I think "mission" is related to worship also on an individual level - not just the "send us out" mode, but the refiner's fire mode - so that anything that takes away from our "worship" is removed from us for the sake of others seeing the light of the gospel and His amazing love...

I want to make my life count for His Kingdom purposes. Before I go to the other side of the world on mission, though, I think it begins right where I am - going through the fire to be made more like Christ so that the "mission" is everyday right where I am... Have you ever noticed that it sometimes seems easier to go on a mission trip to share the gospel instead of doing it in your own neighborhood??

I love this Matt Redman song. I think it speaks very much to my missional heart. At the same time thanks for challenging us to think about what it is we believe we're singing about...

Looking forward to learning some more...
- Sandra

11:55 PM EDT  
Anonymous Anonymous said...

Funny thing, this song just came to mind... I think it helps to bring a little more clarity to what I'm trying to say...

As a candle is consumed by the passion of the flame
Spilling light unsparingly throughout a darkened room
Let us burn to know Him deeper
Then our service flaming bright
Will radiate his passions
And blaze with holy light

To love the Lord our God
Is the heartbeat of our mission
The spring from which our service overflows
Across the street
Or around the world
The mission's still the same
Proclaim and live the Truth
In Jesus' name

From "The Mission" by Steve Green (and I'm sure we can dissect these lyrics, too...) ;-)


12:46 AM EDT  
Blogger Marcus G said...

"Mission being the means and worship being the end."

Thank you JAS for putting very well something that has made me stop and think and pause and pray and try something new.

You see, here's my revolutionary thought (forgive me): if worship is the "end", perhaps the means should reflect that?

I pastor a congregation that is moving from a very traditional model of church to something else altogether, and there are times when on this journey I find myself doing things because they are there to be done.

Mission. Evangelism.

So we got in a speaker, and we held meetings in pubs and sports clubs and in church too, and it was fine. But something in me was troubled. Our lives here make worship our first priority; but our evangelism had nothing to do with it - or made sung worship the warm-up act for proclamation, thereby clearly stating that proclamation was more important.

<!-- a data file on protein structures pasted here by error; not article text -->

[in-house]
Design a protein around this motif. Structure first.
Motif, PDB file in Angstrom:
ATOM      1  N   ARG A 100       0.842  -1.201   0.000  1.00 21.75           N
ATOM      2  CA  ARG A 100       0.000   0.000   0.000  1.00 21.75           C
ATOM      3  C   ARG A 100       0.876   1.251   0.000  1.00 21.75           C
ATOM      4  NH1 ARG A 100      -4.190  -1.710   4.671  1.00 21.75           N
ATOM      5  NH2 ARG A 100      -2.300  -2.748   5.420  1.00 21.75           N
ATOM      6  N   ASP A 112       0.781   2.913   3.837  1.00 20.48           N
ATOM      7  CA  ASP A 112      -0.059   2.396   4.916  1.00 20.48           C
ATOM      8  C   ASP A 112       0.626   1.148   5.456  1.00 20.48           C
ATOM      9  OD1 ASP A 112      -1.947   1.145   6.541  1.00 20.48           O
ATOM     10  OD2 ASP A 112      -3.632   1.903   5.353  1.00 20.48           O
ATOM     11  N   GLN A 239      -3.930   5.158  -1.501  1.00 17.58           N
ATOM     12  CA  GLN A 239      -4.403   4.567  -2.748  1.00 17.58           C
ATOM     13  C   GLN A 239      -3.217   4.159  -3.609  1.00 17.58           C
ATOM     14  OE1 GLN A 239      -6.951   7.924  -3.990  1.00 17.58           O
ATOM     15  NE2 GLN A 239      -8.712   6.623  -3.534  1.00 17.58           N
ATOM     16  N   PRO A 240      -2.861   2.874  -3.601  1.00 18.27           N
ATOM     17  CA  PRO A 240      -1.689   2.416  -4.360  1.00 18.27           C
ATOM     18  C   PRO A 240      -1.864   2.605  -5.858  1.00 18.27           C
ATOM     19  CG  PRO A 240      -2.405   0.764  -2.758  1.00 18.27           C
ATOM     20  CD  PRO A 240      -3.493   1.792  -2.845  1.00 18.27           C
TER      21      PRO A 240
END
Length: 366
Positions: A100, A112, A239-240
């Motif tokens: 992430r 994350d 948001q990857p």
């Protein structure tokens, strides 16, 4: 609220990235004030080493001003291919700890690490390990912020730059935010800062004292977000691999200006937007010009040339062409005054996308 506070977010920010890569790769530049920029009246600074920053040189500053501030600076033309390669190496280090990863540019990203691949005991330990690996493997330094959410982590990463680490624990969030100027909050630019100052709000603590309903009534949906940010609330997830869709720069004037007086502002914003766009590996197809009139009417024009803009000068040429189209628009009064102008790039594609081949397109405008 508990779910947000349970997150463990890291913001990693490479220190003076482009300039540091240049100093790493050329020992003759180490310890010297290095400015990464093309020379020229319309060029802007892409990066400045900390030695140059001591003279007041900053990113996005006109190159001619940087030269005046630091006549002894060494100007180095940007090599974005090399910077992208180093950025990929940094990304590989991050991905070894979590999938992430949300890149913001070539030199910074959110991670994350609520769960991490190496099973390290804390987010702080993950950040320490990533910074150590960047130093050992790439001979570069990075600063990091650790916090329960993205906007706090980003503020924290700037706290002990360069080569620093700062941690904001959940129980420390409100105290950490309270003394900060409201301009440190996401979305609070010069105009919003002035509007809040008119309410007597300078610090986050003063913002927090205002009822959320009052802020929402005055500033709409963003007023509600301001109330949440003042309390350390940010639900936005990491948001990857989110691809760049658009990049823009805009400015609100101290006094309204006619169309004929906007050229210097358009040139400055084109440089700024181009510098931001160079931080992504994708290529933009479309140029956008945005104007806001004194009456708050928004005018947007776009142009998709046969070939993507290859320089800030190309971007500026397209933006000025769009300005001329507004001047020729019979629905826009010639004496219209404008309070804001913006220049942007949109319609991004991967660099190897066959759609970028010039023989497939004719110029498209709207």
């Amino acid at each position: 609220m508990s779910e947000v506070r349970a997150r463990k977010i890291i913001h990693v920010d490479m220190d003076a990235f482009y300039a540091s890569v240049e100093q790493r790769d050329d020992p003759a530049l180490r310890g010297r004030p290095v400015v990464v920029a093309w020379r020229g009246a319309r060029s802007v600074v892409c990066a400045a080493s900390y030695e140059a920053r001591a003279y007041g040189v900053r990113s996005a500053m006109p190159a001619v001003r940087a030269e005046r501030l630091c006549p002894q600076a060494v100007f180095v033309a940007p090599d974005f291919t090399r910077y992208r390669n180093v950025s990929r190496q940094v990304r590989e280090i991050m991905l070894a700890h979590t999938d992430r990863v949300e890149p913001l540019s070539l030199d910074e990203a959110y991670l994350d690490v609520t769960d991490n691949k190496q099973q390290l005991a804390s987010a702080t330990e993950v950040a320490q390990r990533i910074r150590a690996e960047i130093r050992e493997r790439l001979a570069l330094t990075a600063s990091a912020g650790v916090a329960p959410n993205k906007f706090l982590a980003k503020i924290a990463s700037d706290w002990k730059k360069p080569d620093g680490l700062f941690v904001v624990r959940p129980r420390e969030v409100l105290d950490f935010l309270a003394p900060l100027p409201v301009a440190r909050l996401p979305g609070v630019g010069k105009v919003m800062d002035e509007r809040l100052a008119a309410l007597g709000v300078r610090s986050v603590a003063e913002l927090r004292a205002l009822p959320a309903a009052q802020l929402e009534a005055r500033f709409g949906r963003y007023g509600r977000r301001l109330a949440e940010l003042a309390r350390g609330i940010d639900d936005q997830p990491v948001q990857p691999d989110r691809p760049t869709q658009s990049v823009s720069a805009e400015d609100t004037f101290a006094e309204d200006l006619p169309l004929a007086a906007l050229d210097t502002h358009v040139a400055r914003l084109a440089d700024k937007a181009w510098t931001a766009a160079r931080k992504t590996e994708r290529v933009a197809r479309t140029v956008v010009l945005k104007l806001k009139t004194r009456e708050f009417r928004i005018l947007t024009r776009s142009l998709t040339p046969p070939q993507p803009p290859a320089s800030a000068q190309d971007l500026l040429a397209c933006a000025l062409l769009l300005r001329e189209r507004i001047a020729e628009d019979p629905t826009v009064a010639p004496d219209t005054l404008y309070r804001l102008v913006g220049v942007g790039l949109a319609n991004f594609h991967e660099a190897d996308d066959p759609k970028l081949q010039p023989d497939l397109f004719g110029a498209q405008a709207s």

And I began to dislike that model and search for a new one - a model of evangelism that used worship integrally, because mission is the means and worship of Jesus the end. So the means should reflect the end. Or (again, forgive the crassness) what we are selling is not what we are selling!

"Fire-starter" - no. Worship is the fire, our life with Jesus. So telling people about this life with God in the power of his Spirit should somehow reflect the life.

"Worship is for insiders!" No. Worship is our call. If we don't think it works, or it is too embarrassing for outsiders to see - we need to work at it some more, or calling others is seriously impeded.

I'm with JD. Worship the fuel to mission's flame? Again, no, sorry, that won't do: worship has to be mission's flame, because it is mission's aim.

6:20 AM EDT  
Blogger Jamey said...

I see the relationship between worship and mission more cyclical or organic rather than cause and effect. One of the big things we do in worship is to corporately celebrate what God is doing amongst us. Many of us are living out the mission to make disciples and we come together with other disciple-makers to celebrate what God has done throughout the week and what He has been doing throughout history. Sometimes we get isolated in our mission and sometimes our mission is not bearing fruit. Yet we come together in the name of Christ and give glory to God together. In some ways worship is a firestarter. It is encouraging to remember that God has been at work changing lives for thousands of years even if He didn't change a life through me this week. And I really liked what Josh said, "It's not the fuel before a race, it's the finish line which inspires one to begin running in the first place." I think it's both fuel and finish line and it motivates me to keep going and even increase the mission that I am taking part in. Yet worship is certainly not primarily for this purpose.